This points to the shadow cast in the light of many well-meaning “baby Bodhisattvas” dutifully arriving for meditation, Dharma talks, or chanting, all the while vowing to save all beings throughout space and time. All those good intentions and practices do not themselves automatically result in a capacity for critical thought, reasoned inquiry, or psychological balance. Sometimes the exact reverse is necessarily true. Idealism births “shades” that have to be acknowledged and integrated. Zen centers or Buddhist temples are not well structured for inherently complex political or philosophical dialogue (nor maybe should they be; it is an important, unsettled question). When discussions are encouraged in those directions, they can sound a distastefully discordant note in the harmonious space of the meditation hall, and deference ends up being paid to the views of the (almost invariably ultra-progressive) teacher or authority by default – giving rise to complex internal and interpersonal conflicts that again, practice doesn’t itself provide all the tools needed to resolve.
A practice temple appropriately is a place for much more negative capabilities to be discovered and cultivated: faith born of great doubt, in essence, which is experienced uniquely by each person, and experienced alone. Reassurance is experienced realizing that this doubt and pain can be confronted and worked with alongside others who likewise struggle, without being manipulated or prejudicially defined. That is not such an easy atmosphere to generate and maintain, and it can quickly evaporate. It is abhorrent that such fundamental, profoundly subjective existential or psychological worry, fear, even joy would be taken advantage of to manipulate people for political ends. And make no mistake: encouraging people to believe they are unconscious racist overlords, gender-fluid nobodaddies, or perpetual victims entitled endless redress has specific political implications, and quite dastardly psychological effects.
“Cake, or death?!”“Um, cake, please.”
Since some typical if serious late-adolescent dalliances with environmental and human rights activism, I’ve mostly found organized politics a distasteful business best kept at arms length in favor of spiritual discipline, personal development and relationships, and dedicated labor as an artist. But like an alarm going off, I assume like millions of others I keep having these uncomfortable encounters, forcing me out of my own ideological slumbers and aversion. Despite their frequency, these events remain weird and shocking. I keep thinking of that line from Monty Python: nobody expects the Spanish Inquisition! And yet, part of properly getting on with the business is not flinching in surprise when they pound at the door.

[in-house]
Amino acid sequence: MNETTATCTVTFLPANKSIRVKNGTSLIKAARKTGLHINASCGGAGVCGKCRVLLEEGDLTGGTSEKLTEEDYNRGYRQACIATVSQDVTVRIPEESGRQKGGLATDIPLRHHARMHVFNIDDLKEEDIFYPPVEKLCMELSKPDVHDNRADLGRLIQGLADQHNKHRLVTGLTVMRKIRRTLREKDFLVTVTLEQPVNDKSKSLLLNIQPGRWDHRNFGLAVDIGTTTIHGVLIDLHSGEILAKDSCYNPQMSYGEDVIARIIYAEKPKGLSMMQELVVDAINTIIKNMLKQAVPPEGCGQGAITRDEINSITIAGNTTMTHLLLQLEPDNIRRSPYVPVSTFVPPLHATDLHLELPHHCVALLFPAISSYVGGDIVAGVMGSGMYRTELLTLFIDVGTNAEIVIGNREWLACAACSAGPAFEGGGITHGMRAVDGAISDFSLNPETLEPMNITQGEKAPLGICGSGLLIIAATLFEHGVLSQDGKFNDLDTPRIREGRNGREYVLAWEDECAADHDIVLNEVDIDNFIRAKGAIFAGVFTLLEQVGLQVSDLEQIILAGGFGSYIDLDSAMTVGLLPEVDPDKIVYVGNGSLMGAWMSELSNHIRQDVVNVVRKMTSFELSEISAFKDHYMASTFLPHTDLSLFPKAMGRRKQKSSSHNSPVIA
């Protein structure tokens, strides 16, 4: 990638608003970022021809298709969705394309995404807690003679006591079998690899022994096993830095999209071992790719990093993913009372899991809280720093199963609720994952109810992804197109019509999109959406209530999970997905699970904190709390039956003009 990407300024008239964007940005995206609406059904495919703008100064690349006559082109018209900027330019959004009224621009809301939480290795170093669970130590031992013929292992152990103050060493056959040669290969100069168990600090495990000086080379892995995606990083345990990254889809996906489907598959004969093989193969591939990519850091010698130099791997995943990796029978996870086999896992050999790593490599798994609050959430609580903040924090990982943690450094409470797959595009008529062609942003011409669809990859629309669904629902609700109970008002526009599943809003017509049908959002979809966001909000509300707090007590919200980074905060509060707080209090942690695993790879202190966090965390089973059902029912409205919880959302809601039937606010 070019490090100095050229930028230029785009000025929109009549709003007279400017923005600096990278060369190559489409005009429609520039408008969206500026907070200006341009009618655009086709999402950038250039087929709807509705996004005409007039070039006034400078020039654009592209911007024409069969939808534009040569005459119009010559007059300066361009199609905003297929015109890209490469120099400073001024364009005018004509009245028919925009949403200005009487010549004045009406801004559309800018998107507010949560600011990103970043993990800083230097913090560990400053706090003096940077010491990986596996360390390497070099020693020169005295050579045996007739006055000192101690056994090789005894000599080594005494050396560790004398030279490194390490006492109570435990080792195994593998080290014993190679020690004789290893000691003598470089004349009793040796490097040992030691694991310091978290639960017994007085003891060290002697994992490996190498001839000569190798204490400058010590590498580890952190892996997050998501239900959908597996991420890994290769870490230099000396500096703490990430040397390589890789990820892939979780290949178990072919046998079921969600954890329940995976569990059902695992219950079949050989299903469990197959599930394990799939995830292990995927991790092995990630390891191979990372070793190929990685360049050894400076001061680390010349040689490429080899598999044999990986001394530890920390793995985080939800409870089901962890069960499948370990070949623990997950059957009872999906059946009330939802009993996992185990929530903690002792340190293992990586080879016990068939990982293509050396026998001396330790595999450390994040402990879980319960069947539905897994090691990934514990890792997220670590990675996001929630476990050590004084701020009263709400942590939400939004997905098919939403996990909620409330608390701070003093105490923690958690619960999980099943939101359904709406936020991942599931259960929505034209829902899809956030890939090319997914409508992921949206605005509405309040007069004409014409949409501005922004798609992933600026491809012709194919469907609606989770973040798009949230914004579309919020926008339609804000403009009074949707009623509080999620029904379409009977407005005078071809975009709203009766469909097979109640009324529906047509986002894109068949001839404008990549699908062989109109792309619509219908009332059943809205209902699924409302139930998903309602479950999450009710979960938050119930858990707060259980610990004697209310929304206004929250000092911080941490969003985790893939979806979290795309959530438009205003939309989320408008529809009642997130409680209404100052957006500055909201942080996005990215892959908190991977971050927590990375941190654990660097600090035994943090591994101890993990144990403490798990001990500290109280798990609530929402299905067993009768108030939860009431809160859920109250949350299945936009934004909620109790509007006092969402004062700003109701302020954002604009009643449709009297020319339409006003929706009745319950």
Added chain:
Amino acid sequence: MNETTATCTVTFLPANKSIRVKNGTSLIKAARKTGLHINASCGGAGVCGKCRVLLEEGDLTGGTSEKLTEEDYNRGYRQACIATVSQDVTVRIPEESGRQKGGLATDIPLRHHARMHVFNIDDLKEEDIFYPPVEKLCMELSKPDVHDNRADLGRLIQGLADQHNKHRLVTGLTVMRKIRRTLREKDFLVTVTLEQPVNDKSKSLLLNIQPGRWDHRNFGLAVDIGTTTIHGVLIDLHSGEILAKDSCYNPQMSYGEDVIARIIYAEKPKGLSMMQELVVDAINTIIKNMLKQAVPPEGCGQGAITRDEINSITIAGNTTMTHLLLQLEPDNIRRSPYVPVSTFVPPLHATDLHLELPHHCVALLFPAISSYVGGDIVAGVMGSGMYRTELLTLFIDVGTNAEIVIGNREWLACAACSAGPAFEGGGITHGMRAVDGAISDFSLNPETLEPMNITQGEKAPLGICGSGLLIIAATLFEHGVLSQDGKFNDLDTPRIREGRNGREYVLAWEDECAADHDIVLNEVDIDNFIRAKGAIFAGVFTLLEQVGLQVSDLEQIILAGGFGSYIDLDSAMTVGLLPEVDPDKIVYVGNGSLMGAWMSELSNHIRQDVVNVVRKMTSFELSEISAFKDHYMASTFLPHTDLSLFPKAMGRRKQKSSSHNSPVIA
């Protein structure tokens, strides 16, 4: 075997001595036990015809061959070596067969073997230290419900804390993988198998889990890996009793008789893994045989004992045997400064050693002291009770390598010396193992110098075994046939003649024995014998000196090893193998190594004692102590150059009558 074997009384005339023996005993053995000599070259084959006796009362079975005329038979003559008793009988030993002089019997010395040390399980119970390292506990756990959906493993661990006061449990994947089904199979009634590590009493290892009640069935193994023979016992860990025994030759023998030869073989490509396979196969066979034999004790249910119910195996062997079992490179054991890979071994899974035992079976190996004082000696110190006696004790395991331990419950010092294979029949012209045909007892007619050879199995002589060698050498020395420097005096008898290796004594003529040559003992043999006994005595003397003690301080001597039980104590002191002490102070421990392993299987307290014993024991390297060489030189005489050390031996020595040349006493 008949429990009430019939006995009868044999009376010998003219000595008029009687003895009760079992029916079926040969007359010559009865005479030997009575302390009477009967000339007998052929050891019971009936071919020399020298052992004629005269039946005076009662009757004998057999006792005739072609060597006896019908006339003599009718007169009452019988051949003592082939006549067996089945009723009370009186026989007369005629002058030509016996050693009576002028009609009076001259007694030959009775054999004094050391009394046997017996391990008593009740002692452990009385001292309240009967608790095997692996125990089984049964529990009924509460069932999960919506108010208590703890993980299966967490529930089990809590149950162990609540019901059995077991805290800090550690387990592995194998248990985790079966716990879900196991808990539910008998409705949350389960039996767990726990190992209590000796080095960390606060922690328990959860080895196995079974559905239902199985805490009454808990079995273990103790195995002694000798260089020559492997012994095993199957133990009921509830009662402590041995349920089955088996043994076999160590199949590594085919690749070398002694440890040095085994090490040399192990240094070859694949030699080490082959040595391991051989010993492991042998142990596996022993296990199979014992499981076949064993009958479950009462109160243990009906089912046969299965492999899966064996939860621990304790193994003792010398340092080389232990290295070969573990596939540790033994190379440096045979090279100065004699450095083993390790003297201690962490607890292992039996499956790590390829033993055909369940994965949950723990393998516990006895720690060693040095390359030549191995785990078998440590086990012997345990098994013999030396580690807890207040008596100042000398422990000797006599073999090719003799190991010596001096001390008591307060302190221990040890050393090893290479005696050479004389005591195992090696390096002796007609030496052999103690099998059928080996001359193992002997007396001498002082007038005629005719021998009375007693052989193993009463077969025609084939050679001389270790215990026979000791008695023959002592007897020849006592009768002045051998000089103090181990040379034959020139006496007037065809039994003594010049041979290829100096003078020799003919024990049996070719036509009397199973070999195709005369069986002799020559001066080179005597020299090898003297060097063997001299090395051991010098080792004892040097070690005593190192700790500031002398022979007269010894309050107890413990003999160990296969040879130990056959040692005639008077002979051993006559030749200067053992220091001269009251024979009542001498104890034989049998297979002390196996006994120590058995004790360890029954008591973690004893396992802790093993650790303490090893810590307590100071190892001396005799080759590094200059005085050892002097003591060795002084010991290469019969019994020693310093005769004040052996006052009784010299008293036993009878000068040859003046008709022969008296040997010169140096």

Five years ago, I was forced to sue my famous art school employer when a recently hired department chair tried to fire me because I requested a one-day absence to attend a conference of Zen priests. It turned out he was a right-wing fanatic, and a bit unhinged. Considering how the tradition represents itself these days, without knowing me from Adam he maybe understandably assumed I was some kind of subversive commie. Luckily he admitted as much, assuring me a modest farewell settlement due to his breaking a raft of labor statutes, not least religious discrimination. The situation answered the question I didn’t realize needed asking: “can Buddhists be persecuted?” I loved my work as a university professor, and was loved; it was suffice it to say a challenging episode. 18 months ago, a manipulative sociopath instituted a secretive coup to if not take over, then mortally disable the diverse Zen group I helped found and facilitate, while wreaking as much havoc in my personal life as she could, in a declared crusade to “overthrow the patriarchy.” I’m reminded of that song lyric, clowns to the left of me, jokers to the right…
A few months after that disruption, a successful SJW artist I’d supported professionally, marched alongside at some anti-Trump events, and considered friendly if not a friend, called me a white supremacist and worse for my simply saying we probably shouldn’t burn books or paintings that challenge us, or persecute artists. In a dozen other instances, I’ve been called a cis-gendered oppressor, a fascist, a clueless tool of the patriarchy, and many times over a bad and/or fake Buddhist (all too often by non-Buddhists, ironically blind to their activated prejudice), for never more than reasonably espousing the most baseline liberal values – like, let’s not beat up people we disagree with; maybe be conversant with someone’s actual views before calling them worse than Hitler; and you don’t just get to physically assault real Nazis, much less people you call Nazis for their simply expressing discomfort about extreme leftist views. I wasn’t yet aware you could see this happen 10,000 times over on YouTube. Full disclosure: in over three decades of dedicated if quiet participation in our democratic process, I’m embarrassed to admit my own partisanship and confess I’ve tended to vote for the most progressive candidate available, and never checked the box for a single Republican. I’ve grown more open to considering it. The new media landscape is replete with current or former progressives like Dave Rubin, Candace Owens, Bret Weinstein and others discussing similar trials of belief. As the saying goes, maybe people aren’t leaving the left; the left is leaving them. Or maybe its more the other one: if you aren’t a leftist at 20 you have no heart. If you aren’t conservative at 40 you have no brains.